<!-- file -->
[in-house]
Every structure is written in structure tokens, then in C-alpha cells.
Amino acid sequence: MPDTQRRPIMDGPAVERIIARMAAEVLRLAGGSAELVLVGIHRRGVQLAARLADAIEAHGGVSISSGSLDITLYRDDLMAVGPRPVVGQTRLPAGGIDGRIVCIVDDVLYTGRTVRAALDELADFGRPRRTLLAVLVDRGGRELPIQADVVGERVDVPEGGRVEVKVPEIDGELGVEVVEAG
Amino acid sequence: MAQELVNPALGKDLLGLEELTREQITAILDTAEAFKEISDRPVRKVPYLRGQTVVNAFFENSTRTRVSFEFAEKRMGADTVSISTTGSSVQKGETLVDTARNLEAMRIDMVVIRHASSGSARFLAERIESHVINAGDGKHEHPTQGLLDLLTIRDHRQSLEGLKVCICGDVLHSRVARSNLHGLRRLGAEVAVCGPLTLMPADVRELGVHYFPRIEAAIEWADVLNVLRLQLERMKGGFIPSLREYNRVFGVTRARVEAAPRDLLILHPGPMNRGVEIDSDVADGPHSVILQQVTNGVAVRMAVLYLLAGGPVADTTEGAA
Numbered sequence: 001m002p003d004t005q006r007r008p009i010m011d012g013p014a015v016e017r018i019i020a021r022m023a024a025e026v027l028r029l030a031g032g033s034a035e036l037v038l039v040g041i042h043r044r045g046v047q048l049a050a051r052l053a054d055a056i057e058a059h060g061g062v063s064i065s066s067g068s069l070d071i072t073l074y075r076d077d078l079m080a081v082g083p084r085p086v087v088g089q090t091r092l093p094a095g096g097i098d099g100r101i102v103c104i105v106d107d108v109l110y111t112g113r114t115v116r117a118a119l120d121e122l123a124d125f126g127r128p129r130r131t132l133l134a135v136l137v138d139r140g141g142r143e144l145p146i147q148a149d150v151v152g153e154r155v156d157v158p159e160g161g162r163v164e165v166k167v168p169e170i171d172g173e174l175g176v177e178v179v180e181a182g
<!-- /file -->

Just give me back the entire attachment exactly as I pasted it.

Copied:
[in-house]
Every structure is written in structure tokens, then in C-alpha cells.
Amino acid sequence: MPDTQRRPIMDGPAVERIIARMAAEVLRLAGGSAELVLVGIHRRGVQLAARLADAIEAHGGVSISSGSLDITLYRDDLMAVGPRPVVGQTRLPAGGIDGRIVCIVDDVLYTGRTVRAALDELADFGRPRRTLLAVLVDRGGRELPIQADVVGERVDVPEGGRVEVKVPEIDGELGVEVVEAG
Amino acid sequence: MAQELVNPALGKDLLGLEELTREQITAILDTAEAFKEISDRPVRKVPYLRGQTVVNAFFENSTRTRVSFEFAEKRMGADTVSISTTGSSVQKGETLVDTARNLEAMRIDMVVIRHASSGSARFLAERIESHVINAGDGKHEHPTQGLLDLLTIRDHRQSLEGLKVCICGDVLHSRVARSNLHGLRRLGAEVAVCGPLTLMPADVRELGVHYFPRIEAAIEWADVLNVLRLQLERMKGGFIPSLREYNRVFGVTRARVEAAPRDLLILHPGPMNRGVEIDSDVADGPHSVILQQVTNGVAVRMAVLYLLAGGPVADTTEGAA
Numbered sequence: 001m002p003d004t005q006r007r008p009i010m011d012g013p014a015v016e017r018i019i020a021r022m023a024a025e026v027l028r029l030a031g032g033s034a035e036l037v038l039v040g041i042h043r044r045g046v047q048l049a050a051r052l053a054d055a056i057e058a059h060g061g062v063s064i065s066s067g068s069l070d071i072t073l074y075r076d077d078l079m080a081v082g083p084r085p086v087v088g089q090t091r092l093p094a095g096g097i098d099g100r101i102v103c104i105v106d107d108v109l110y111t112g113r114t115v116r117a118a119l120d121e122l123a124d125f126g127r128p129r130r131t132l133l134a135v136l137v138d139r140g141g142r143e144l145p146i147q148a149d150v151v152g153e154r155v156d157v158p159e160g161g162r163v164e165v166k167v168p169e170i171d172g173e174l175g176v177e178v179v180e181a182g